Detroit Mayor Dave Bing (D) and Michigan Gov. Rick Snyder (R) are at odds over how to fix the city’s finances without sacrificing political sovereignty.

In the face of a financial crisis in which Detroit could run out of cash by the end of the month, Synder proposed an approach just short of the emergency manager option set up by state law.

Under Synder’s proposal, city officials would report to a nine-member advisory board that would oversee city operations and finances.

Bing says he wants help in overcoming cash flow problems and a $197 million deficit, but not through what he labeled an “unconstitutional takeover” March 14.

The proposed agreement would shift political power away from the Bing-led government, reduce the number of city vendors and shrink city staff, according to CBS News. “I’m receptive to help, but you’re not gonna just jam something down my throat and expect me, if I don’t like it … that that’s going to be OK,” Bing told CBS News in Detroit. “And that’s what happened with this agreement. I don’t like it. It’s not good for the city of Detroit.”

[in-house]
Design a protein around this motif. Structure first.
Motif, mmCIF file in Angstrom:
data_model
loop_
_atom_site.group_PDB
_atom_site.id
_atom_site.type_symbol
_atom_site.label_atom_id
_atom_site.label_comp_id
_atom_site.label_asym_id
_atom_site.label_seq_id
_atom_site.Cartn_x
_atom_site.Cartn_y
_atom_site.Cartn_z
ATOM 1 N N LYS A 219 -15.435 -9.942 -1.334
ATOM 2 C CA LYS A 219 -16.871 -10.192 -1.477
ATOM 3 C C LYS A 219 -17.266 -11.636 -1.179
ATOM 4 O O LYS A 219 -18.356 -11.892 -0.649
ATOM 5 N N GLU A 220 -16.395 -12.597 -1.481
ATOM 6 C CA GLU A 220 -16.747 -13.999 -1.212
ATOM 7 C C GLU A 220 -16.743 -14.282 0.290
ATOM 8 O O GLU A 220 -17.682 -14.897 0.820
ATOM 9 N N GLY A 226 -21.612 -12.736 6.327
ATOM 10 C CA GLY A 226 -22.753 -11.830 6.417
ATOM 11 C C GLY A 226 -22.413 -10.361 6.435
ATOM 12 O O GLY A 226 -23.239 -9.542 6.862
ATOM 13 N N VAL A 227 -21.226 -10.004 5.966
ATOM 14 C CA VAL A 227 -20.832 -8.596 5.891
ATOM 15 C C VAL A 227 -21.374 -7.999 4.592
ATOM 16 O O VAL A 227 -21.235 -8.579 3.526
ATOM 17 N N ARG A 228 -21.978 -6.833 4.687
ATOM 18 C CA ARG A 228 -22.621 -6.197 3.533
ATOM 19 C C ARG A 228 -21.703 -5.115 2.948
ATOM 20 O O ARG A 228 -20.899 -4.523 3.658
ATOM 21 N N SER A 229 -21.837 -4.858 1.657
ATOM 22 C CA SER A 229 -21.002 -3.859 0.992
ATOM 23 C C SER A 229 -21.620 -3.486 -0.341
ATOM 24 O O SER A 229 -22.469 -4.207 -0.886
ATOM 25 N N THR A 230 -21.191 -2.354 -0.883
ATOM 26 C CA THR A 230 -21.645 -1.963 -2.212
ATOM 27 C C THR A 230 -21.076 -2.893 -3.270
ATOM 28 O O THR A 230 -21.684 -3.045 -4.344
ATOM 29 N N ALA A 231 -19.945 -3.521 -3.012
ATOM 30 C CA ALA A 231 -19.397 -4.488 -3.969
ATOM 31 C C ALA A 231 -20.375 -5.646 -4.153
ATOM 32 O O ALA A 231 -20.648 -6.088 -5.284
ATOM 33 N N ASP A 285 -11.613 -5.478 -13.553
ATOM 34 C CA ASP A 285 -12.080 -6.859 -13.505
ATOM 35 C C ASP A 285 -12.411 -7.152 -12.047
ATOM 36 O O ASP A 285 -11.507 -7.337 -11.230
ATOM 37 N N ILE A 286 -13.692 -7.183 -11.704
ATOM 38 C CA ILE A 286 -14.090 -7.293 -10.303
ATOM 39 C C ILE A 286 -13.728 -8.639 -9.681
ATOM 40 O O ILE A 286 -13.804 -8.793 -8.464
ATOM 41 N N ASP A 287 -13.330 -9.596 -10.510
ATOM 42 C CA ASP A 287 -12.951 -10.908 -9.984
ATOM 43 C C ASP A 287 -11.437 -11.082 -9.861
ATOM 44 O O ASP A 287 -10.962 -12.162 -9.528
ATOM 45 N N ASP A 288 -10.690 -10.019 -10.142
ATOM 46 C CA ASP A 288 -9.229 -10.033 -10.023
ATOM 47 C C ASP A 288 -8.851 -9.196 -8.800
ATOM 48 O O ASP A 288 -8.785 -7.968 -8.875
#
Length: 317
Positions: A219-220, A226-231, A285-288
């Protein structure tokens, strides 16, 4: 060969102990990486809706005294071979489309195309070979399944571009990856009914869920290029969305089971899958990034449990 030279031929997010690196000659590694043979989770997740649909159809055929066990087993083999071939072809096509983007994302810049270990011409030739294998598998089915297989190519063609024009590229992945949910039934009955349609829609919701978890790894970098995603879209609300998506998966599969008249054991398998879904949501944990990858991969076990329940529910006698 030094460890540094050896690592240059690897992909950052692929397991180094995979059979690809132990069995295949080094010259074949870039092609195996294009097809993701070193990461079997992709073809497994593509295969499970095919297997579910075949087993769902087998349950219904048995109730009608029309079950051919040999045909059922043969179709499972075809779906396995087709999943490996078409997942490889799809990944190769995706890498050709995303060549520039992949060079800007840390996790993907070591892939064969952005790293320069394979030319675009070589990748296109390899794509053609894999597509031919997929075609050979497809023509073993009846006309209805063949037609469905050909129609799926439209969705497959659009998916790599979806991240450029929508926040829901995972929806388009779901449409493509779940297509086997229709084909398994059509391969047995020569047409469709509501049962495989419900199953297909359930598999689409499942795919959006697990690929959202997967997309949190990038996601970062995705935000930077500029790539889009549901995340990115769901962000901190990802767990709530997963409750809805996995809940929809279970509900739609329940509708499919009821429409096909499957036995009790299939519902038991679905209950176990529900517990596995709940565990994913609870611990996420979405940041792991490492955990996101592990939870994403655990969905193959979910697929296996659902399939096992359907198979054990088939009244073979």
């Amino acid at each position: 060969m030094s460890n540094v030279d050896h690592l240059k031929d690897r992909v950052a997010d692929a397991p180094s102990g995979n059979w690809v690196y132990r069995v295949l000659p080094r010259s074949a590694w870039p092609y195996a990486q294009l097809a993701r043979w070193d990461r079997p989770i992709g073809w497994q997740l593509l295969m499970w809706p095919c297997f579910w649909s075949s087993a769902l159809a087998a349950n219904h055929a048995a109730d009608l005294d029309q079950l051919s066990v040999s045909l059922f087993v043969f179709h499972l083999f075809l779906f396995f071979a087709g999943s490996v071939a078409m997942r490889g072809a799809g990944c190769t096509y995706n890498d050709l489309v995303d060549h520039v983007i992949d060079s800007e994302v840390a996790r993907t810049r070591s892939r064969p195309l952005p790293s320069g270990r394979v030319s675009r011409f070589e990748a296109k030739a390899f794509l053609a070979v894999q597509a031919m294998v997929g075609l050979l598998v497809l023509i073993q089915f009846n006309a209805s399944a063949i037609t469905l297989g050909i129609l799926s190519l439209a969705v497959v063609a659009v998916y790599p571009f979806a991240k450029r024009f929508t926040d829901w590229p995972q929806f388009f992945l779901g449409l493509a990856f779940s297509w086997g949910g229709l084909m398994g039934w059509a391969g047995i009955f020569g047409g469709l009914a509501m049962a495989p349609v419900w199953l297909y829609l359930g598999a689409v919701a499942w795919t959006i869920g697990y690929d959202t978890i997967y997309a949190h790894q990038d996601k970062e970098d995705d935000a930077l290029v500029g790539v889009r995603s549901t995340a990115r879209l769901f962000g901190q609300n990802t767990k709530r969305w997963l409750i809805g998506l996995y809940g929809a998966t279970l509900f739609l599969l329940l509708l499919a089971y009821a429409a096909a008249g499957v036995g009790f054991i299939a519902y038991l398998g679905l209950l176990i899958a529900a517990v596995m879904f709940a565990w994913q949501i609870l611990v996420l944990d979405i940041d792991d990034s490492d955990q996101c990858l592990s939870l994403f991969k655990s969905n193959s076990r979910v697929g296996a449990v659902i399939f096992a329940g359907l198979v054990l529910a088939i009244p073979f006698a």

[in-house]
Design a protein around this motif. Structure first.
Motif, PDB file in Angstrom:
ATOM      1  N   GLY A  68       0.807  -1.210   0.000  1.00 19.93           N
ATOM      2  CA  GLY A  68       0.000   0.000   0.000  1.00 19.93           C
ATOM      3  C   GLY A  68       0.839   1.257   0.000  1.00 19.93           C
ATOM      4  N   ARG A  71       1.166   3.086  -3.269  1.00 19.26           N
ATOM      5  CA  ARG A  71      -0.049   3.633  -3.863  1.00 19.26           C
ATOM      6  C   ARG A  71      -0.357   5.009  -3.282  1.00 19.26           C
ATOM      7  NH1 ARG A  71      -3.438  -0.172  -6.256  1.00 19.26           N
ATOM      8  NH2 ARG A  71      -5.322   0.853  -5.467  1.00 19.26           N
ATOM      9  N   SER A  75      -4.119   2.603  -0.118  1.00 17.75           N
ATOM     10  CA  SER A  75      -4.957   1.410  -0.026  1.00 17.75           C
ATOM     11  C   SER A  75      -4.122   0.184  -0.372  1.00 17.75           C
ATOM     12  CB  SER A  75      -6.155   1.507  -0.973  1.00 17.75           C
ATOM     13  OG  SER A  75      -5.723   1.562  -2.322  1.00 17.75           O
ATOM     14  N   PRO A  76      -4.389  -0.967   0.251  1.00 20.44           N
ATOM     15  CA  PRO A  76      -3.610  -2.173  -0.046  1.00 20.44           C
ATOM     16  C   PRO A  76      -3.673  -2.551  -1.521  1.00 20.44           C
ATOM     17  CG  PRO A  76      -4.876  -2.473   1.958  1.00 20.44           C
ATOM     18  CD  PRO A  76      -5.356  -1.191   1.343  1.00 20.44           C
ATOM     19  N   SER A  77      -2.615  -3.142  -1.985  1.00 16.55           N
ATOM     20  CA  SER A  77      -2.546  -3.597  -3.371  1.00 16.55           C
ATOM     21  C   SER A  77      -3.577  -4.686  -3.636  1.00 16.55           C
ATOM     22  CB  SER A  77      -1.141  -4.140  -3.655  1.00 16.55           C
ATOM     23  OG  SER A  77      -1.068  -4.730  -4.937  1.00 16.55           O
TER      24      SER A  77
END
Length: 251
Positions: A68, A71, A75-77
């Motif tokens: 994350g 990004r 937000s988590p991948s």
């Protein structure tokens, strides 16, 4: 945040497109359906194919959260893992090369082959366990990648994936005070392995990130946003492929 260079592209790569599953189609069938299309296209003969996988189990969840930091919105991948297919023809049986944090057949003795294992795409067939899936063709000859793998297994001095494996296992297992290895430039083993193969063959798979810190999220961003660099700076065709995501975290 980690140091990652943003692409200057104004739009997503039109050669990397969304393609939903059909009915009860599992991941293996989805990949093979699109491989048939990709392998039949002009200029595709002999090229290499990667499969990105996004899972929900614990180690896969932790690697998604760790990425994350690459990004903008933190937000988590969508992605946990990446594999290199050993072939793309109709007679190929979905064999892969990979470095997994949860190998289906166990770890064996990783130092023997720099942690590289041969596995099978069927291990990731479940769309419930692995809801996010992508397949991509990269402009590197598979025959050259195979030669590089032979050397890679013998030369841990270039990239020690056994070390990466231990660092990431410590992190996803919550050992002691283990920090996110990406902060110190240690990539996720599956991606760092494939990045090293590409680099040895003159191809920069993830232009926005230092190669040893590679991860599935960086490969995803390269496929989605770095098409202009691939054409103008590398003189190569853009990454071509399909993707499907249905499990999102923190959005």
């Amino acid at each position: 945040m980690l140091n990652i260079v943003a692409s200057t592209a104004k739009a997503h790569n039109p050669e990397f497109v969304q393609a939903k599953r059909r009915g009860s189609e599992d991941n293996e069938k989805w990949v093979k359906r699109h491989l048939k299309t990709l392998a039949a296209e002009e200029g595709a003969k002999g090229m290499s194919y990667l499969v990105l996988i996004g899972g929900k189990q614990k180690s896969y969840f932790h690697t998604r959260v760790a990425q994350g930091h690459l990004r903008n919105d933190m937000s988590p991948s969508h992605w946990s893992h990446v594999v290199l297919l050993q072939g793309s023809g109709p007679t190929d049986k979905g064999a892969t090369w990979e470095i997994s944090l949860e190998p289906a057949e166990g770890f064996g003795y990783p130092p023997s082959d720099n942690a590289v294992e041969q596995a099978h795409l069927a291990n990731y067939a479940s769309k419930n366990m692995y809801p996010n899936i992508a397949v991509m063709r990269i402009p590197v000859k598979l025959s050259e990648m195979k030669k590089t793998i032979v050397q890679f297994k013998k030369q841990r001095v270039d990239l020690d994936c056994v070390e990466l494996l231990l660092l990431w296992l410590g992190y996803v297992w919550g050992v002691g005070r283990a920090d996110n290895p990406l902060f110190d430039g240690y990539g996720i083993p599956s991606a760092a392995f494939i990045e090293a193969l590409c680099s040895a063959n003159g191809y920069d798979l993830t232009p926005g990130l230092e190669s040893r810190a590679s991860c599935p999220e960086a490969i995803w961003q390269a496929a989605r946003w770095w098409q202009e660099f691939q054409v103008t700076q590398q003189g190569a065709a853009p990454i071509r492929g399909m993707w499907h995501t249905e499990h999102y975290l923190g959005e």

Bing said this deal, in some regards, is even worse than the appointment of an emergency manager.

“I understand what I read, and that what I saw in that agreement, no way in the hell would I sign off on it,” Bing told reporters. “There’s no silver bullet out here. There’s no perfect plan out here. I won’t work for the governor. I won’t work for that financial team of nine people. I work for people in the city of Detroit because they voted me in to do this.”

Snyder responded in a speech at the Great Lakes Broadcasting Conference that the city isn’t really in a position to be turning away help.

“If you know someone that’s got a challenge, is the right answer tell you to go away? Or should they hold up their hand and say, ‘Please come help?’ Snyder said according to the Associated Press. “The inclination so far has been to say, ‘Go away.’ I don’t believe that’s a good answer.”

Snyder said he wants to avoid appointing an emergency manager who would have iron-fisted control of all of the city’s finances. “I don’t want to run the city of Detroit,” he said.

Bing and city officials have negotiated with city employee unions to lessen the fiduciary burden on the city and to stave off a state takeover.

Reports say if the consent agreement isn’t signed, then an emergency manager will be appointed for the city.